Consider what the pacifist argument implies. The greater the threat, the lesser one’s right to defend oneself. If you get attacked by an aggressive military power you should passively await your demise. Instead of placing blame where it belongs – on the attacker – it puts it on the victims. I cannot think of any argument that more effectively undermines a country’s liberty. We see that Israel, in part due to such external pressure, often has to abstain from appropriately defending itself.

The blockade of the Gaza Strip is legitimate

Since 2007, Israel (together with Egypt) has maintained a blockade of the Gaza Strip. This is done to, as far as possible, prevent Hamas from importing weapons and other military equipment intended to achieve Israel’s annihilation.

It is sometimes argued that the blockade is an obstacle to free trade. This summer, for example, the Swedish liberal Johan Norberg wrote that it 'sabotages cross-border trade, which can establish contact and friendship.' I cannot for the life of me understand how 'friendship' between Israel and the PNA would benefit from Hamas acquiring more weapons to bombard the Israelis with. Norberg writes that blockades 'often strengthens the rulers', which is true. They give columnists like himself a reason to criticize Israel, which in the long run weakens Israel’s position in its conflict with the PNA. In the end, Israel cannot lift a finger without being condemned by the outside world, unless the finger is aimed at its own destruction. Norberg writes that Israel 'makes its neighbors bitter.' Of course. The Israelis insist on not dying.

One thing needs to be sorted out: it should not be legal to sell military equipment to terrorists. To assist the Palestinian Authority or Hamas in acquiring weapons is not free trade. It is to participate in genocide. The blockade is obviously not perfect. Hamas gets weapons anyway, and the measure strikes back at Israel in the form of foreign criticism. But what should Israel do? Sit idly by whilst its executioners grow stronger – not likely.

Hamas is something as exotic as a beloved Islamofascist terrorist organization. In Sweden, one quickly becomes badgered if one says anything bad about Hamas, as if there is nothing wrong with wanting to destroy all freedom in the Middle East, and to 'drive the Jews into the sea'. According to the Swedish debate, the Israelis are bad because they don’t cooperate with Hamas to fulfill this noble purpose – in fact so bad that it might be excusable to bombard them with thousands of rockets over many years. The same people who hold these views are quick to condemn Nazi Germany, and show outrage over the xenophobic Sweden Democrats who entered parliament in 2010. How is that for coming in like a lion and going out like a lamb?

Israel’s Enemy: The Morality of Death

What morality prevents the world from providing Israel with the necessary support for a triumph of freedom? The answer is the morality of altruism; it is the morality that says that life is not meant to be lived, but sacrificed. The Israelis want to live their lives. Hamas and its ilk are willing to sacrifice themselves and others to put a religious dictatorship in Israel’s place, and thus institutionalize the morality of sacrifice. It is not difficult to see which side appeals to traditional morality.

Decorum prevents most people from explicitly supporting terrorism and genocide. It does not prevent them from condemning the selfish Israel, a country that only aspires to its own freedom, and refuses to sacrifice itself for the civilians on the West Bank and in Gaza. Thus it falls on Israel to extend a hand to the Palestinian Authority rather than vice versa. Thus, Israel should apologize for its selfishness, lay down its weapons, and start cooperating with its executioners. The moral thing is for Israel to sacrifice itself, to accept its doom – so that peace may prevail.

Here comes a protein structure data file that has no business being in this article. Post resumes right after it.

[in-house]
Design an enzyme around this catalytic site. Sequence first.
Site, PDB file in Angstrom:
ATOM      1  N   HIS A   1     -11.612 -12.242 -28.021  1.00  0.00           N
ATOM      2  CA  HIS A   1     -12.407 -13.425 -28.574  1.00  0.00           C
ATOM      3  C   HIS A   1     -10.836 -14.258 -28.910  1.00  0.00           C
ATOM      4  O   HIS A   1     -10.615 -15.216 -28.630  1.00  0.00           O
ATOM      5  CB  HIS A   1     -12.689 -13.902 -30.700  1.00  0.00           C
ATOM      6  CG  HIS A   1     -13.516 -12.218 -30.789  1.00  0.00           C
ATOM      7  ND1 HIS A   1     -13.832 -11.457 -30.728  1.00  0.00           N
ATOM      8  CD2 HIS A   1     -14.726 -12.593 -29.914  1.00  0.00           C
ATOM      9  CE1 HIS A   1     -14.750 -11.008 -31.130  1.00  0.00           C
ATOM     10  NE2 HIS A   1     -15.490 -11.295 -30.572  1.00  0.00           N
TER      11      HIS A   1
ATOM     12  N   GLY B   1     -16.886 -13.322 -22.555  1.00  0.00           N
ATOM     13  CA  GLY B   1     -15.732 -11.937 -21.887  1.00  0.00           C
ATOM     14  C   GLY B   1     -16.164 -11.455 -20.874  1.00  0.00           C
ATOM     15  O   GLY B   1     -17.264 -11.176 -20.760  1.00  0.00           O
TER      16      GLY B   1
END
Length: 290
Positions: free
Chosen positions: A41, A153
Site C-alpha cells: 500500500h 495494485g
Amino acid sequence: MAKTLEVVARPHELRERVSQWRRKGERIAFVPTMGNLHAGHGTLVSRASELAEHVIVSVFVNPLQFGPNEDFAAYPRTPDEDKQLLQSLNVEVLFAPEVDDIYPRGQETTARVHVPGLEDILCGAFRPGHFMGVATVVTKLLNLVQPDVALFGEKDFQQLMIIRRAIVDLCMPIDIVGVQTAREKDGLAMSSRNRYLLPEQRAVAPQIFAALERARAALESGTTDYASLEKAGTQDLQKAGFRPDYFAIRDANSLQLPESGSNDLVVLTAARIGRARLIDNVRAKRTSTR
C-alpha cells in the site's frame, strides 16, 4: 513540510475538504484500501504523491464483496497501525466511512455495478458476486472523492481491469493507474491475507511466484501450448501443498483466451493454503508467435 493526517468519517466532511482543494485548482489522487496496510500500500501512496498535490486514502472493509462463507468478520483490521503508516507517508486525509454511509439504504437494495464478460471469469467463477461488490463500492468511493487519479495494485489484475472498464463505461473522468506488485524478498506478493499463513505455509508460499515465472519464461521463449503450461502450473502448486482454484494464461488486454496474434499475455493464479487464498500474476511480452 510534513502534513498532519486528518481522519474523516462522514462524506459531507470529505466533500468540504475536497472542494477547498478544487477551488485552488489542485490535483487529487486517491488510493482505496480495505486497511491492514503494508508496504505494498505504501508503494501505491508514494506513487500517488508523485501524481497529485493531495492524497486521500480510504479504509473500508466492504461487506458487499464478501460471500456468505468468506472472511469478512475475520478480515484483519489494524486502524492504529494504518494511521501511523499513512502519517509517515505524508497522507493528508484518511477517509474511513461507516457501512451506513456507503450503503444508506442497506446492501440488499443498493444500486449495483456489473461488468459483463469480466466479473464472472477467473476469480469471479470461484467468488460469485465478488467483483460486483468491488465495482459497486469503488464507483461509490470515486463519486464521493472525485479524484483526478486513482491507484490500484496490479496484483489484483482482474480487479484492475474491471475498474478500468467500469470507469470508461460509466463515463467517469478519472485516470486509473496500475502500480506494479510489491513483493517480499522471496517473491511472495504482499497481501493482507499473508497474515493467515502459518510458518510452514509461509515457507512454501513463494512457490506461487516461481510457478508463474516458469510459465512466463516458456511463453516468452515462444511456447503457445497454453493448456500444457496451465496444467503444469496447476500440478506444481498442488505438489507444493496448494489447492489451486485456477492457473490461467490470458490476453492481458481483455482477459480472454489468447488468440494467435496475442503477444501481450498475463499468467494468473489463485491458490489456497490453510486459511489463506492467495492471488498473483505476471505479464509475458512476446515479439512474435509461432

To expressly support terrorism is wrong, but indirectly supporting it, by denouncing Israel’s struggle against it – that is right and proper! Here, the law of excluded middle applies. Either one denounces terror, genocide, and the Palestinian Authority. Or one does not.

Altruism is the main culprit behind arguments like 'but fewer die on Israel’s side' and 'but Israel is bigger and stronger than the PNA'. Implicit in these arguments is that Israel has a right to self-defence, only when they become weaker and when more Israelis have died, in other words: the weaker party in a conflict is always right. To speak plainly, this means that one has a right to exercise terror, so long as it is directed against anyone who is bigger and stronger than oneself. Why? Because the big and strong should sacrifice themselves for the weak! Thus, it is only right that Israel give concessions, undermines its advantage, and allows more Israelis to die. (This ignores the fact that Israel certainly has more enemies than the Palestinian Authority. In practice it stands against the whole Arab world – and compared to the whole Arab world, Israel is, of course, the smaller and weaker party.)

When Objectivists say that altruism is the morality of death it is not to sound bombastic. They mean it – literally.

A Brief Summary

This is a one-way apology. I think it is urgent to present one. Most texts on Israel get lost in a maze of concrete events, as if one had to know the tiniest of details from 1948 onwards in order to make up one’s mind. I have chosen to focus on what I regard as some of the essentials, and to reason based on simple principles of individual rights and human dignity. My judgement is that Israel has a right to exist and defend itself. As I have said, I don’t think Israel is always right about everything, but that it, in terms of essentials, deserves our support.

Let me conclude by saying that anyone who gives Hamas even an iota of support is morally complicit in genocide. Do I have your attention? Good." (source)